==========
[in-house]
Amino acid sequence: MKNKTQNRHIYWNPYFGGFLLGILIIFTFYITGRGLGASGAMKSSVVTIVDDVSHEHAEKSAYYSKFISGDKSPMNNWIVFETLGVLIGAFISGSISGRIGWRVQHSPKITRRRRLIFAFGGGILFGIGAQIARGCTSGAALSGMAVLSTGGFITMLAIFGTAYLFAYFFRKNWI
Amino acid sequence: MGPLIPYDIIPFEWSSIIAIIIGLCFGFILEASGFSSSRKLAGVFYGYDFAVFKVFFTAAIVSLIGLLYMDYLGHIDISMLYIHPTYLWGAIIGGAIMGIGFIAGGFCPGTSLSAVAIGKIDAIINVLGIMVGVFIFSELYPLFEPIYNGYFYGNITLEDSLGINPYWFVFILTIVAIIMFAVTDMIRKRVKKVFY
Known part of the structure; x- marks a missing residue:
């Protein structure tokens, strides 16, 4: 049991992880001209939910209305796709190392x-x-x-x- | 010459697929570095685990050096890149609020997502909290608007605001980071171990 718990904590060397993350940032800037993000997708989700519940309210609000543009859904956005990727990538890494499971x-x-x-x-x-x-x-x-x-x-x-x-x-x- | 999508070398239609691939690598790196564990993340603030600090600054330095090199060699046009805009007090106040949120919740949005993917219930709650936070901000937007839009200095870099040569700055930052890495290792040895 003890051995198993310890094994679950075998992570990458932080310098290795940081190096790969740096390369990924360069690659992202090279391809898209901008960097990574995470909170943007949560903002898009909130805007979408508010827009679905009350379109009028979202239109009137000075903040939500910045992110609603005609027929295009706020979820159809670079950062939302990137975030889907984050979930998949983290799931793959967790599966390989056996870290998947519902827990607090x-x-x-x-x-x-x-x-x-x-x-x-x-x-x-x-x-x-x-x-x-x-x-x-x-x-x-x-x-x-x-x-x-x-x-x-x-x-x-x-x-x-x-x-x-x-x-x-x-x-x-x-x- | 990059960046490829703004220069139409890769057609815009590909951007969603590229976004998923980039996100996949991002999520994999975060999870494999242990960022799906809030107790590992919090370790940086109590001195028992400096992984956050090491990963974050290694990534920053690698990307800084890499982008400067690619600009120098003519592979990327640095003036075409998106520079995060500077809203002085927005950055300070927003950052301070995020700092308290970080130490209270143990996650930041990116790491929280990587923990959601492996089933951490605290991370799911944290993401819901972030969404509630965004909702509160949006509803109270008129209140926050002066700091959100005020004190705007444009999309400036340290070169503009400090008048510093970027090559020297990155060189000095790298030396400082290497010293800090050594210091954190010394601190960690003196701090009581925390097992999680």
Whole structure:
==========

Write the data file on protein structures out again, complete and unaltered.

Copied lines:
[in-house]
Amino acid sequence: MKNKTQNRHIYWNPYFGGFLLGILIIFTFYITGRGLGASGAMKSSVVTIVDDVSHEHAEKSAYYSKFISGDKSPMNNWIVFETLGVLIGAFISGSISGRIGWRVQHSPKITRRRRLIFAFGGGILFGIGAQIARGCTSGAALSGMAVLSTGGFITMLAIFGTAYLFAYFFRKNWI
Amino acid sequence: MGPLIPYDIIPFEWSSIIAIIIGLCFGFILEASGFSSSRKLAGVFYGYDFAVFKVFFTAAIVSLIGLLYMDYLGHIDISMLYIHPTYLWGAIIGGAIMGIGFIAGGFCPGTSLSAVAIGKIDAIINVLGIMVGVFIFSELYPLFEPIYNGYFYGNITLEDSLGINPYWFVFILTIVAIIMFAVTDMIRKRVKKVFY
Known part of the structure; x- marks a missing residue:
């Protein structure tokens, strides 16, 4: 049991992880001209939910209305796709190392x-x-x-x- | 010459697929570095685990050096890149609020997502909290608007605001980071171990 718990904590060397993350940032800037993000997708989700519940309210609000543009859904956005990727990538890494499971x-x-x-x-x-x-x-x-x-x-x-x-x-x- | 999508070398239609691939690598790196564990993340603030600090600054330095090199060699046009805009007090106040949120919740949005993917219930709650936070901000937007839009200095870099040569700055930052890495290792040895 003890051995198993310890094994679950075998992570990458932080310098290795940081190096790969740096390369990924360069690659992202090279391809898209901008960097990574995470909170943007949560903002898009909130805007979408508010827009679905009350379109009028979202239109009137000075903040939500910045992110609603005609027929295009706020979820159809670079950062939302990137975030889907984050979930998949983290799931793959967790599966390989056996870290998947519902827990607090x-x-x-x-x-x-x-x-x-x-x-x-x-x-x-x-x-x-x-x-x-x-x-x-x-x-x-x-x-x-x-x-x-x-x-x-x-x-x-x-x-x-x-x-x-x-x-x-x-x-x-x-x- | 990059960046490829703004220069139409890769057609815009590909951007969603590229976004998923980039996100996949991002999520994999975060999870494999242990960022799906809030107790590992919090370790940086109590001195028992400096992984956050090491990963974050290694990534920053690698990307800084890499982008400067690619600009120098003519592979990327640095003036075409998106520079995060500077809203002085927005950055300070927003950052301070995020700092308290970080130490209270143990996650930041990116790491929280990587923990959601492996089933951490605290991370799911944290993401819901972030969404509630965004909702509160949006509803109270008129209140926050002066700091959100005020004190705007444009999309400036340290070169503009400090008048510093970027090559020297990155060189000095790298030396400082290497010293800090050594210091954190010394601190960690003196701090009581925390097992999680």
Whole structure: